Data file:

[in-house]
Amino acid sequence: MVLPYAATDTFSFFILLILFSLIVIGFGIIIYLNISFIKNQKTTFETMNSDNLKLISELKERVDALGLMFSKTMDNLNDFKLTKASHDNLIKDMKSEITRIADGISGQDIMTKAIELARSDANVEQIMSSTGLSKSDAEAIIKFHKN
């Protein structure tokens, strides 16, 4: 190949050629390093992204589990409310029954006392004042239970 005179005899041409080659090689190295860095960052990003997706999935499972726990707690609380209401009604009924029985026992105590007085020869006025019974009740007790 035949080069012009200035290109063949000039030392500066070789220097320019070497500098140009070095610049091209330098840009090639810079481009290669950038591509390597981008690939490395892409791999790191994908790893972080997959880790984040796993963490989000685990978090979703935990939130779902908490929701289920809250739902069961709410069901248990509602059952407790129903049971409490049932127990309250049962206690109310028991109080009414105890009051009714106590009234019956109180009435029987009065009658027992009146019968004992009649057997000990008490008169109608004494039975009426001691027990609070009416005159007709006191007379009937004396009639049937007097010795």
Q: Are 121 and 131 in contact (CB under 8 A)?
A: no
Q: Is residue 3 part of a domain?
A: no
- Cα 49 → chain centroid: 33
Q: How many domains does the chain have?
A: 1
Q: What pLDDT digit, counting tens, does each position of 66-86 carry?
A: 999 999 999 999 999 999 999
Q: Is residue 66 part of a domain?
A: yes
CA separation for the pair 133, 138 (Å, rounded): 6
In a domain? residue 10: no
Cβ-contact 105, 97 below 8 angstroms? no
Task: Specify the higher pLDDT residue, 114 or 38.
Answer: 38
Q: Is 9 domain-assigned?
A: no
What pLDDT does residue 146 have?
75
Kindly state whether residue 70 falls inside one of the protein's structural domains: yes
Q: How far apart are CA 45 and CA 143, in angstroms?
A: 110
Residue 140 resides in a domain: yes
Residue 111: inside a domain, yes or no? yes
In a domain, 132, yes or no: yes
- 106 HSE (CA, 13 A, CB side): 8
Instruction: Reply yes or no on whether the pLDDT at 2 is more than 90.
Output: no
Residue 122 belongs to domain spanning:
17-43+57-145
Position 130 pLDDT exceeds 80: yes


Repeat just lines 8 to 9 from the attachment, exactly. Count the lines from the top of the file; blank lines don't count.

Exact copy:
- Cα 49 → chain centroid: 33
Q: How many domains does the chain have?